Tuesday, March 7, 2017

Ten Truths about Teaching

Dear Readers,
    Below is an insight into the jumbled brain of a teacher who either a) drinks too much coffee, b) can't sleep or c) really needs to find a new hobby.  In any event, here is are my 10 truths about teaching.  Please comment below with your truths as I would love to hear what you think!

Top Ten Teaching Truths 
(In no particular order)
  1. A significant part of your job as a teacher is essentially being a surrogate parent.  This is especially true if you teach in an Elementary School as you spend more hours per day with your students than they may spend with their parents.  Thus, you are one of the most significant influences on your students during the time they spend in your classroom.  If that thought doesn’t make your heart skip a beat, I don’t know what will.  So much for wanting only two children.
  2.  You will get sick.  No amount of vitamin C, Echinacea, hand sanitizer or Airborne will save you.  Your immune system will become stronger, but never strong enough to combat an epidemic of the stomach flu that will sweep through your classroom.  Just the whisper of the word “lice” will send you running to the nurse for a head check and give you an irresistible urge to scratch your head.  You will become completely freaked out when the school nurse sends home notes about impetigo, ringworm and hand, foot and mouth disease.  Some days you will seriously consider wearing a HAZMAT suit to work.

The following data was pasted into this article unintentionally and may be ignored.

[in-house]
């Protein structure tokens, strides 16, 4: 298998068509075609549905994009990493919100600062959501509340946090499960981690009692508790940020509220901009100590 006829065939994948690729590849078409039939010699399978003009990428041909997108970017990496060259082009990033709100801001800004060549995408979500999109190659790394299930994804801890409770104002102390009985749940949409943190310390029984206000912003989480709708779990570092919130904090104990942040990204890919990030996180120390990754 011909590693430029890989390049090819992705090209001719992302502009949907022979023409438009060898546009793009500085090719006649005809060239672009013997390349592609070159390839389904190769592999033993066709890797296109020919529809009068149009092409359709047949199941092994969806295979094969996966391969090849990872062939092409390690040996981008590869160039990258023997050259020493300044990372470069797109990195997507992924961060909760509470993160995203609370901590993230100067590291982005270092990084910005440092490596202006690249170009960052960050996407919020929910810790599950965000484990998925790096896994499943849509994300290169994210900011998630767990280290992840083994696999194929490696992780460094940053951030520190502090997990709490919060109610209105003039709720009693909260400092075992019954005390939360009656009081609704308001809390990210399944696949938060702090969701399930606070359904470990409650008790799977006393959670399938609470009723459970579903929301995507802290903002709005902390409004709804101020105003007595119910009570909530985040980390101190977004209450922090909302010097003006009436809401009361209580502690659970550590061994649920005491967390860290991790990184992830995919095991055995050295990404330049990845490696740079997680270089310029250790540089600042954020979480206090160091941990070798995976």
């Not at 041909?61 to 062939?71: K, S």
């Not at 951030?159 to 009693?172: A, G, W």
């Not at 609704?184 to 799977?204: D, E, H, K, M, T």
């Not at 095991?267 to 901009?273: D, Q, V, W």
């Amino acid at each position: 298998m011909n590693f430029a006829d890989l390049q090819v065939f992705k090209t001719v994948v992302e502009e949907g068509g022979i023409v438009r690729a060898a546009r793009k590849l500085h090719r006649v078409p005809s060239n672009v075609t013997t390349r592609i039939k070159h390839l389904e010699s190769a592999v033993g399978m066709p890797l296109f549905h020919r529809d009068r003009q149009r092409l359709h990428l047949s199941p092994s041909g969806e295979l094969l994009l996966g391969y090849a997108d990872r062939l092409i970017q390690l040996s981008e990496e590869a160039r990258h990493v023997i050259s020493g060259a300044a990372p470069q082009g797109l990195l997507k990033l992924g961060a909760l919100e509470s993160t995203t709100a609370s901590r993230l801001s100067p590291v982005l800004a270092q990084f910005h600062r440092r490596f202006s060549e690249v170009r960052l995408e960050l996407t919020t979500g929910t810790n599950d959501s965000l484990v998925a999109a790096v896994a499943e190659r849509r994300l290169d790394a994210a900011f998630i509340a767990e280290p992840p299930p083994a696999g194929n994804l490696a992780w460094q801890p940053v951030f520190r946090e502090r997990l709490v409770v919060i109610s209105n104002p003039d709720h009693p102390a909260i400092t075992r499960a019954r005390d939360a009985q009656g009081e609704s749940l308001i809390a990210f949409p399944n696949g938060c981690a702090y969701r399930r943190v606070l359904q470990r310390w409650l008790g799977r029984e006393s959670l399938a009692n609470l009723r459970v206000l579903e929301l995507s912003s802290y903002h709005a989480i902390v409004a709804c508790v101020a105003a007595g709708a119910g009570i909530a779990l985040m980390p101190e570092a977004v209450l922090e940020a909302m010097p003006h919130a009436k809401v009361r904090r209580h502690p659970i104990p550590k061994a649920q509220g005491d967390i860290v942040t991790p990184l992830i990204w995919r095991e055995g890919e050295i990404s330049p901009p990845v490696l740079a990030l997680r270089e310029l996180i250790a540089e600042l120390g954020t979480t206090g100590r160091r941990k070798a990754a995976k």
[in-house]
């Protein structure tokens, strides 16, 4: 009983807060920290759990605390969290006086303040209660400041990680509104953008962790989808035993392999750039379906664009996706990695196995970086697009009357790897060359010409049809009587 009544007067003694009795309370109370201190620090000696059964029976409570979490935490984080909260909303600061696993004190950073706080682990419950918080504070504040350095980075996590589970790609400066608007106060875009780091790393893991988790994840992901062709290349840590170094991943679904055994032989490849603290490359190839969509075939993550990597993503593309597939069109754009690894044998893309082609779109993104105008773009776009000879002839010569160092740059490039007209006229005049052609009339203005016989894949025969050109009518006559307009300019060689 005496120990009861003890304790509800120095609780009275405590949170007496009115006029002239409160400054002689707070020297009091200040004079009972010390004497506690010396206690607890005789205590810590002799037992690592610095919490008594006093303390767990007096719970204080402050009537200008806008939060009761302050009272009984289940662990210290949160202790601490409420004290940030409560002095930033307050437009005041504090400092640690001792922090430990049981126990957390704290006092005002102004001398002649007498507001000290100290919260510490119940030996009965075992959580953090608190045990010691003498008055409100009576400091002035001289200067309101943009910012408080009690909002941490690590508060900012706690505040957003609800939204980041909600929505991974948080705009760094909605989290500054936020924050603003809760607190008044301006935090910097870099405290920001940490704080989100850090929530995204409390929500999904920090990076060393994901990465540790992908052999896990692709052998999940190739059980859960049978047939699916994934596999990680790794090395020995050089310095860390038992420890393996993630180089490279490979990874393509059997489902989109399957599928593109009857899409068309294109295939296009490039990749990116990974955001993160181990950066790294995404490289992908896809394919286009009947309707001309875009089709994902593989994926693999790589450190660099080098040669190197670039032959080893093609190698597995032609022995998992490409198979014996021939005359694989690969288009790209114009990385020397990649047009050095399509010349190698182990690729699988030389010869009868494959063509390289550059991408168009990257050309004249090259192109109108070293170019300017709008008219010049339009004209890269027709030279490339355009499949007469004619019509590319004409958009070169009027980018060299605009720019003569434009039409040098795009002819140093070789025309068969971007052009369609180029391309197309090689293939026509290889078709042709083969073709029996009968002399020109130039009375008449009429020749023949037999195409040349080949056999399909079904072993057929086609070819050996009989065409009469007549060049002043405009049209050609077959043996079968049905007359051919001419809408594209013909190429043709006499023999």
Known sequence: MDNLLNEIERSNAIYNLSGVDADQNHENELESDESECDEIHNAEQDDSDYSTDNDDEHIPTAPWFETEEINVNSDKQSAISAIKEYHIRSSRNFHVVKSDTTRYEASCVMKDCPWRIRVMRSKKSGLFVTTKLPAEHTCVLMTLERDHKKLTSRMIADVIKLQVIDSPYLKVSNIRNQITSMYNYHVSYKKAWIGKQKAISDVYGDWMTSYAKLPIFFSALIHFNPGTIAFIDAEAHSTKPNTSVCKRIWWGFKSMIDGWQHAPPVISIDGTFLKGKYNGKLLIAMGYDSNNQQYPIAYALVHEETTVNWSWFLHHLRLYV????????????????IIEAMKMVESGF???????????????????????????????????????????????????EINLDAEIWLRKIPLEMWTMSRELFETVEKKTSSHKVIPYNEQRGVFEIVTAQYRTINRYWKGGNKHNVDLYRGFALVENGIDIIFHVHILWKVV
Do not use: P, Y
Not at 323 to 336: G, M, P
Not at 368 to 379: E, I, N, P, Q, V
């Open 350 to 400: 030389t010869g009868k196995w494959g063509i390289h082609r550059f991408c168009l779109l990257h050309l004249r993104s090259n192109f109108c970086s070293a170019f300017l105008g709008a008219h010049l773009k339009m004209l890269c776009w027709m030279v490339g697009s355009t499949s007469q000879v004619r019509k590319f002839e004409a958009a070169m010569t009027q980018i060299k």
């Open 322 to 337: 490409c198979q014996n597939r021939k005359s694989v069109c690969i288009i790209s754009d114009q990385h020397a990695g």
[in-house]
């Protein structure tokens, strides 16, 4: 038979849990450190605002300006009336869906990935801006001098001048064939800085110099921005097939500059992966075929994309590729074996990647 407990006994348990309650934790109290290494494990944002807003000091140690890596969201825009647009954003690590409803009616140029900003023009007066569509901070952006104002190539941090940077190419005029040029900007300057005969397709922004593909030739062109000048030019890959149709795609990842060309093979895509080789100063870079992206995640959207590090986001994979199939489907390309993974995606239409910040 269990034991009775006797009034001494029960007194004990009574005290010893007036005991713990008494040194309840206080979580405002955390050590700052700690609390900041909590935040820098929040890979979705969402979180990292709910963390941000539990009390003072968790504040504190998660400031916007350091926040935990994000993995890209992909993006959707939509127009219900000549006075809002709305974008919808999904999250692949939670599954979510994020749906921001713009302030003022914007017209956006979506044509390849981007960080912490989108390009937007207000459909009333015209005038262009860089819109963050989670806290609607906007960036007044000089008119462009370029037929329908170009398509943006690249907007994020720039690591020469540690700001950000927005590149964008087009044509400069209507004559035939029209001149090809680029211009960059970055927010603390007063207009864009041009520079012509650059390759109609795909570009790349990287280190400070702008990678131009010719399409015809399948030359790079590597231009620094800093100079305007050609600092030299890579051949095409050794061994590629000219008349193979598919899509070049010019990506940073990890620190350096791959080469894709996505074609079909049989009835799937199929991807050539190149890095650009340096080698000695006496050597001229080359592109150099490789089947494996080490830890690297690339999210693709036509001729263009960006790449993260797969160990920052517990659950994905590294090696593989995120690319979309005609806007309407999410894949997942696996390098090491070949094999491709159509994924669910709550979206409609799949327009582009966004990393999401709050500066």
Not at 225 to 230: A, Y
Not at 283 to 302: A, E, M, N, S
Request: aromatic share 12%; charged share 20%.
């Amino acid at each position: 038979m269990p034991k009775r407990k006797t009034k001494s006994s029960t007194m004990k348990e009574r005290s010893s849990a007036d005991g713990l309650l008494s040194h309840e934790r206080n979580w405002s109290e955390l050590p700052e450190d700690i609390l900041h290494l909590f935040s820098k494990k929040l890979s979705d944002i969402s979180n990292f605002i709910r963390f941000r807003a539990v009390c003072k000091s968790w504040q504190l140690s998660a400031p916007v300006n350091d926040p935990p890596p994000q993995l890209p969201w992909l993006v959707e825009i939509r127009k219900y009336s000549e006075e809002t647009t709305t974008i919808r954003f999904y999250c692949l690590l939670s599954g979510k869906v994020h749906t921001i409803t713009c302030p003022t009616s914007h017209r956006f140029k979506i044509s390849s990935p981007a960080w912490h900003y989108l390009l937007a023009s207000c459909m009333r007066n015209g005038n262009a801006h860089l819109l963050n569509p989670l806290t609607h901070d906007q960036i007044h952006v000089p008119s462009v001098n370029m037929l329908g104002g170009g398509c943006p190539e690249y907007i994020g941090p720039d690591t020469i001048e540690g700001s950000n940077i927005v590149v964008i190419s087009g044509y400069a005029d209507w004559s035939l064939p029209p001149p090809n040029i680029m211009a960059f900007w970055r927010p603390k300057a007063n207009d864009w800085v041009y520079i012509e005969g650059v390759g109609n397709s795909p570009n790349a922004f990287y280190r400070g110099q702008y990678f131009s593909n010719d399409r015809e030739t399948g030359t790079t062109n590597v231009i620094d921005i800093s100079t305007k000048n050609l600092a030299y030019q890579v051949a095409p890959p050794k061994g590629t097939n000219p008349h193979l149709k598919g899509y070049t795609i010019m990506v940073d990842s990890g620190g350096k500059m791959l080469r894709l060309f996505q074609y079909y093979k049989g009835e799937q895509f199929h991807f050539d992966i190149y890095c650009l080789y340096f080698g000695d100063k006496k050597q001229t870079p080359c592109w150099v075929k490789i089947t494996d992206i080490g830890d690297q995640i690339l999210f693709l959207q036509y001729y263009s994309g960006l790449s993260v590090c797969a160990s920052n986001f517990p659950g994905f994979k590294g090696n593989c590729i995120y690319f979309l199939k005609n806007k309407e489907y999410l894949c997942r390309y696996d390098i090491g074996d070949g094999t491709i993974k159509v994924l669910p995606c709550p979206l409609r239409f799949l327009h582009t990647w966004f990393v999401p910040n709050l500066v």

3. Teaching will both make your heart burst with joy and break it to pieces.  Sometimes this will happen in the same day or even the same hour.  Let’s face it; you work with humans, not with widgets.  The amount of emotions, problems and issues all combine to make your own emotions a hot mess.  You will experience highs and lows so often that you feel like you rode a roller coaster before you even got to bus duty.
  4.  Your contributions to your profession will largely go unrecognized.  You are a superstar in your small world but that rarely translates into the larger realm.  While you may experience the thrill of being a B-List celebrity when you run into a student or parent in the local grocery store, chances are that it will only happen when you are not wearing makeup or haven't washed your hair.  The good thing is that you won’t mind the lack of formal accolades, because it is often the small things that make the most difference in a child’s life rather than the larger gestures.  You make a difference even if you don’t realize it.